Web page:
Plants need fresh air to thrive and carbon dioxide (CO2) is essential for the photosynthesis process. This means that you will need a constant flow of air flowing through your growing room, easily reached by means of an exhaust fan placed near the top of the room to remove warmer air, and an air intake. filtered on the opposite side near the floor.
You will need to make sure that the temperatures remain within a comfortable range for your plants, between 20 ° and 30 ° degrees when the lights are on and between 15 and 20 degrees when they are off. Some cannabis strains (typically indica strains) prefer the lower side of the range, while others are more tolerant of high temperatures.
The size of the exhaust fan will depend on the size of your growing space and the amount of heat generated by your lighting system. HID systems emit a ton of heat, especially if they are not mounted in air-cooled hoods. People who live in warmer regions often turn on their lights at night in an attempt to keep temperatures low.
Finally, it’s a good idea to have a constant light breeze in your growing room as this strengthens the stems of plants and creates a less hospitable environment for mold and pests. A wall-mounted circulation fan works well for this purpose: just don’t point it directly at your plants.
Step 4: Switches and Timers
Once you have selected your lights and climate control equipment, we recommend that you automate their functions. While there are sophisticated (and expensive) units available that control lights, temperature, humidity and CO2 levels, the beginner will generally need a simple 24-hour timer for the light and an adjustable thermostat switch for the fan. drain.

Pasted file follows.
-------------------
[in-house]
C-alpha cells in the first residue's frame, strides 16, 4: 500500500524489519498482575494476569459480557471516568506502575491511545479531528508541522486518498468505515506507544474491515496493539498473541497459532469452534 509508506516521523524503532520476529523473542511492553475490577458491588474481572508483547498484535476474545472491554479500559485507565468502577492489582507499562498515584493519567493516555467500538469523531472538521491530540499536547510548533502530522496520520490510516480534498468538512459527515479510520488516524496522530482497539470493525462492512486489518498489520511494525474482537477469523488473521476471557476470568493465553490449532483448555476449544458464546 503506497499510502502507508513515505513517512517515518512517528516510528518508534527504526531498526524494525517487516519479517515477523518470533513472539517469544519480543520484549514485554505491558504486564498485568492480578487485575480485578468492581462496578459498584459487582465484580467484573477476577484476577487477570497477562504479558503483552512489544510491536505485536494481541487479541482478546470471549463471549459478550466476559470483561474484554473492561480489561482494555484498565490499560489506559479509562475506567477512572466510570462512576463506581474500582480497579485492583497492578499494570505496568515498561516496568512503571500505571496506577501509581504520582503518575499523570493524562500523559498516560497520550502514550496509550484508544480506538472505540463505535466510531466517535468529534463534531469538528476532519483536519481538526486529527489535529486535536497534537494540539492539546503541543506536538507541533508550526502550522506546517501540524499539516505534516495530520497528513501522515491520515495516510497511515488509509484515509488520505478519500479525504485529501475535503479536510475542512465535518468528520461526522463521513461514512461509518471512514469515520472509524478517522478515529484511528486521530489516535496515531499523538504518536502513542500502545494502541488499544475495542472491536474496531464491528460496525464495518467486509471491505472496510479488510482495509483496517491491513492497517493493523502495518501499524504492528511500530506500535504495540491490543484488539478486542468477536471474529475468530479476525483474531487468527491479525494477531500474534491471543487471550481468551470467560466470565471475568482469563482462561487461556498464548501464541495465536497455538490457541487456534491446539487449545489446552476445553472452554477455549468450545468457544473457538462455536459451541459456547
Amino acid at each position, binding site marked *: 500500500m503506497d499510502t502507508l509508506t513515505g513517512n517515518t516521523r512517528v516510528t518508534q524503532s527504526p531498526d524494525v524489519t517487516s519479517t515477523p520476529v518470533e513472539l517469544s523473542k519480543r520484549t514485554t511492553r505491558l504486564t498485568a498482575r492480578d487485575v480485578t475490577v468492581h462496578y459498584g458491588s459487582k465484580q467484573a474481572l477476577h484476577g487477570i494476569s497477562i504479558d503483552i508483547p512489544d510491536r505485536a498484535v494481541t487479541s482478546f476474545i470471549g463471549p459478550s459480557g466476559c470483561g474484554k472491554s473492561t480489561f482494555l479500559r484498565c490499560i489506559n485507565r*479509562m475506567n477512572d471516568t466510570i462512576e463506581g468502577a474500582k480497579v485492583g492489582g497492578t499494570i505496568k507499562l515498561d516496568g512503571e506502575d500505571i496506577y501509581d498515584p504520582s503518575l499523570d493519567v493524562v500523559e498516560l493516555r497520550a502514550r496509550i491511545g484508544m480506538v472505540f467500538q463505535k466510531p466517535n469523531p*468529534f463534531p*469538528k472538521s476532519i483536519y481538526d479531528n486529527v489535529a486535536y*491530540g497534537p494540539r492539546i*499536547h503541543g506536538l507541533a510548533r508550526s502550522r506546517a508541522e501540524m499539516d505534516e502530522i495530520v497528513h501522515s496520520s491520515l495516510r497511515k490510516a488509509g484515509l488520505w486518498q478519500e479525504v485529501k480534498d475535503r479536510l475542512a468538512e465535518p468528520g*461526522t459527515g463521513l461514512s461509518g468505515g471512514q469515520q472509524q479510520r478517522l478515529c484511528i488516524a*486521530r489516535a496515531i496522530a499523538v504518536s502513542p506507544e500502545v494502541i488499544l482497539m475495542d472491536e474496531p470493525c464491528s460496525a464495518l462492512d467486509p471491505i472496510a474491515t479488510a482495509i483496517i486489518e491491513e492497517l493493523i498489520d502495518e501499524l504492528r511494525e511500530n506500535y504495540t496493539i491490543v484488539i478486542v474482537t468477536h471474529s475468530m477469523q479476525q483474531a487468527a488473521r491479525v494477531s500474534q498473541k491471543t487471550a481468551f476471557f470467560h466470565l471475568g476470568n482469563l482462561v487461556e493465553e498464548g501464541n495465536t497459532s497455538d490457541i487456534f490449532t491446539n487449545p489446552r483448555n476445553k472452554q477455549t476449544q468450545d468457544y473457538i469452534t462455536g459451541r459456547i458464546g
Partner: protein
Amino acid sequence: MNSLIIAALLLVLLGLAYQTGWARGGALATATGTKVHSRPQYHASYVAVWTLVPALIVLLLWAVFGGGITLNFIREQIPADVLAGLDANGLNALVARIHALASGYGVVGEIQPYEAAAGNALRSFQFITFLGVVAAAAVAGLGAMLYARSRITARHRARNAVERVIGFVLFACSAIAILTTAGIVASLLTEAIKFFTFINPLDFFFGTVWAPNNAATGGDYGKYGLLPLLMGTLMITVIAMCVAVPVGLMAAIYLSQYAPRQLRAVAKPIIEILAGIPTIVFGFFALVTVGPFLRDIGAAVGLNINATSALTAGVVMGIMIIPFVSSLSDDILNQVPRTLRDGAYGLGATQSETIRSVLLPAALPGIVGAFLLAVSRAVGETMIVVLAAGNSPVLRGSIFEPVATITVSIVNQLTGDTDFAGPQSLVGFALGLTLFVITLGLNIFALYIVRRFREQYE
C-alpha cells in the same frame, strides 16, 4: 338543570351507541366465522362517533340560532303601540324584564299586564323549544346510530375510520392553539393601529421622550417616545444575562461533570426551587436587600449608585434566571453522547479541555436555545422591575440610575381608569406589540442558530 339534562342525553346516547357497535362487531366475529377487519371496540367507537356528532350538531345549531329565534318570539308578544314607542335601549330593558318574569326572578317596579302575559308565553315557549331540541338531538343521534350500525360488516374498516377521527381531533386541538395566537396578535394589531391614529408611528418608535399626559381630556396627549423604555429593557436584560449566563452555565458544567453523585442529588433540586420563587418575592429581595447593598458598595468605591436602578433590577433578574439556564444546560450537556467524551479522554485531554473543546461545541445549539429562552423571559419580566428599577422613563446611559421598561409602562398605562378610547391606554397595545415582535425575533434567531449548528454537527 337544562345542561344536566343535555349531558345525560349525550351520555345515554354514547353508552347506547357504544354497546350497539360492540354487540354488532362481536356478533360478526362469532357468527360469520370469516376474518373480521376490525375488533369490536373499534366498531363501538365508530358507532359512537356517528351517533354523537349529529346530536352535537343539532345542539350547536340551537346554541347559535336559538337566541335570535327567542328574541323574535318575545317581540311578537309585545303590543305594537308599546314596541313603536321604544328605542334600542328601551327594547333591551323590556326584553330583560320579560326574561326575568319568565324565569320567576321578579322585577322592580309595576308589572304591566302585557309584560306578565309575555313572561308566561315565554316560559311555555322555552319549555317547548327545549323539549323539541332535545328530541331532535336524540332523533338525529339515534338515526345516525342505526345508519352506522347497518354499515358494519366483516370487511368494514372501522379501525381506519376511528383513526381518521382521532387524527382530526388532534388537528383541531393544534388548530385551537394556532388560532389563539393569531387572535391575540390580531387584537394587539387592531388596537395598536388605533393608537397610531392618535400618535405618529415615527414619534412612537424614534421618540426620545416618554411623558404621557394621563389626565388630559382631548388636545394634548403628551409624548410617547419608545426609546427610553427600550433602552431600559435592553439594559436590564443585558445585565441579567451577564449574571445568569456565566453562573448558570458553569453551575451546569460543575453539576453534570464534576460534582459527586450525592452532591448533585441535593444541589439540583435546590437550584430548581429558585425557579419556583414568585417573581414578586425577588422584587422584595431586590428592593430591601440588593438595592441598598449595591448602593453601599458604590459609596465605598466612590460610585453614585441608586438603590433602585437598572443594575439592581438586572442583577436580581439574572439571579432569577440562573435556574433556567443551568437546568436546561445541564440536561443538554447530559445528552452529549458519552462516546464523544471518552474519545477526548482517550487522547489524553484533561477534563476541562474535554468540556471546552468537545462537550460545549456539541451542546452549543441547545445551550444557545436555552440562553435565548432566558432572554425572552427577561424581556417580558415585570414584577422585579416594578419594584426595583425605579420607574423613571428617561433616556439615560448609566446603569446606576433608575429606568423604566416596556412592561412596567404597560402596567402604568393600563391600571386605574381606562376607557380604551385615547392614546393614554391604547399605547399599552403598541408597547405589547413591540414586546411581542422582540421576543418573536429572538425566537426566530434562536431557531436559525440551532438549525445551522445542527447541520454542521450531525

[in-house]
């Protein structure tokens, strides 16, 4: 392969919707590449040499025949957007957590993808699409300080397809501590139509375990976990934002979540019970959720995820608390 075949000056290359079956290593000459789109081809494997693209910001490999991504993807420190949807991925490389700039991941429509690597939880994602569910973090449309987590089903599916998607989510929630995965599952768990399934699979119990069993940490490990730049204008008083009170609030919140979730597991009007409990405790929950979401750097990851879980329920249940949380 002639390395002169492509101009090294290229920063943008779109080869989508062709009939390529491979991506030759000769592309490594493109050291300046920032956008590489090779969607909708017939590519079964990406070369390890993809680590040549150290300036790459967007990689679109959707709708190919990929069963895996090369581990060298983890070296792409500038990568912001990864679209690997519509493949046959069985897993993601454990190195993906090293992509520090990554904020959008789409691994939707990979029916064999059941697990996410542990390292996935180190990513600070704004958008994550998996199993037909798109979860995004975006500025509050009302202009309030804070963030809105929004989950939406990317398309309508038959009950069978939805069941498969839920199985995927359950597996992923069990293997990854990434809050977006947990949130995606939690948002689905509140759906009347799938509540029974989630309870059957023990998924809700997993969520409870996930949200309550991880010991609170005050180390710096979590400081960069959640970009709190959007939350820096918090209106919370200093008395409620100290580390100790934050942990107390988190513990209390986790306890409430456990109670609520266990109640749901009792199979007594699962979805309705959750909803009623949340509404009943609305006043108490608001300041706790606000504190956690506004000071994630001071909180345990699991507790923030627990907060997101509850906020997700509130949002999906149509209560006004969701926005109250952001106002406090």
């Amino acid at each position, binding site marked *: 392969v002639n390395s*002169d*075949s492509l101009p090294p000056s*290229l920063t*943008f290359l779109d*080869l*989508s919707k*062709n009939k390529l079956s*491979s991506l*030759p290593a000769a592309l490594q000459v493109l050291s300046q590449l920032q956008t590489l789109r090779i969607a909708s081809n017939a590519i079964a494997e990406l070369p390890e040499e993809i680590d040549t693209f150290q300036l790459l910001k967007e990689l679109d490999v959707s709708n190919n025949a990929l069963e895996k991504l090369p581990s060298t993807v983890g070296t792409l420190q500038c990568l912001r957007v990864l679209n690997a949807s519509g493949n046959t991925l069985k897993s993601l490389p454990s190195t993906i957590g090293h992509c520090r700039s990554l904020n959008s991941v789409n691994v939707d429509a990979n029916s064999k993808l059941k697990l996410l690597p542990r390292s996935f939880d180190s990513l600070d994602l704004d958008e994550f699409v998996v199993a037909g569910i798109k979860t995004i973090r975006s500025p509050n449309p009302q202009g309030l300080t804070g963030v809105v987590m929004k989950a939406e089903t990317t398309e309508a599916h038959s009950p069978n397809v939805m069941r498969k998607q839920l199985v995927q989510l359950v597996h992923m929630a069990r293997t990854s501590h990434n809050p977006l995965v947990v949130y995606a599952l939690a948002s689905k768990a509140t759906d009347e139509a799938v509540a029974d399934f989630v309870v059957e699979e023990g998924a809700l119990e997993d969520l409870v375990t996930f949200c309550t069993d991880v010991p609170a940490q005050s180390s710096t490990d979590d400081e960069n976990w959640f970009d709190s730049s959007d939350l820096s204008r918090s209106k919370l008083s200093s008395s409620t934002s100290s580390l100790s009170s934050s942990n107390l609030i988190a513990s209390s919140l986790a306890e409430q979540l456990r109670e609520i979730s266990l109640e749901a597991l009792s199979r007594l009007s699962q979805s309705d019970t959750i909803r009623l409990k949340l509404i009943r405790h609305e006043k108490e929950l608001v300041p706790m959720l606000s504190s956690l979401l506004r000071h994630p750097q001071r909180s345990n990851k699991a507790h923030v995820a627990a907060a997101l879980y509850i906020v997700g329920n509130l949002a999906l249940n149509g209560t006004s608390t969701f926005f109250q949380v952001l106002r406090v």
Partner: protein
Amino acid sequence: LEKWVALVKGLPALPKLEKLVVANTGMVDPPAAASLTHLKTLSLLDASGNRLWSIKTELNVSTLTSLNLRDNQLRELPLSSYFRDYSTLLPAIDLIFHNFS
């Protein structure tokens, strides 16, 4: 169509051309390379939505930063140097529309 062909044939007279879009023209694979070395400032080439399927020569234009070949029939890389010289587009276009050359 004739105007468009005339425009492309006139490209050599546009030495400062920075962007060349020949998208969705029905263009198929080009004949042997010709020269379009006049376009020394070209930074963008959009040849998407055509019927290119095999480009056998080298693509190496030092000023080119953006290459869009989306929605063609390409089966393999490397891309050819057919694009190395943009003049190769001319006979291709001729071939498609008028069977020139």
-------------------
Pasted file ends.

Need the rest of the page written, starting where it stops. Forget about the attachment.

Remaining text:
The timing of the light / dark cycle is very important when growing cannabis; Generally the lights come on for 16-20 hours every 24 hours while the plants are in vegetative growth, then they switch to 12 hours of light every 24 when you want them to bloom. You need the lights to turn on and off at the same time every day or you risk stressing your plants, so a timer is essential. You can also use a timer for your vacuum cleaner, investing a few euros on a thermostat will prove to be a wise choice.
With the basic models, simply set the thermostat on the device to the maximum desired temperature for your space and insert the exhaust fan into it. When the temperature rises to the set level, it will turn on the fan until the temperatures drop a few degrees below the set threshold. This saves energy and maintains a constant temperature.
Growing marijuana indoors is easy if you know how to do it.
It is also advisable to have a PH Tester or test kit handy so that you can check the pH level of the water, nutrient solution or soil. Cannabis prefers a pH between 6 and 7 in the soil and between 5.5 and 6.5 in hydroponic media. Letting the pH come out of this range can lead to nutrient blocking, which means your plants are unable to absorb the nutrients they need, so be sure to regularly test the water and soil and make sure that the nutrient mixture that feeds your plants is within the desired range.
Step 5: Decide on the method of growing cannabis
Indoor growing also means having many different methods to choose from, whether it is beautiful old-fashioned pots filled with soil or a stone wool slab in a hydroponic tray, each medium has its advantages and disadvantages. Here we will examine the two most popular methods and the tools they employ.
Soil is the most traditional way to grow maria indoors, as well as the most forgiving, making it a good choice for novice growers. Any high-quality potting soil will work, provided it does not contain prolonged-release artificial fertilizers (such as Miracle Gro), which is not suitable for growing cannabis.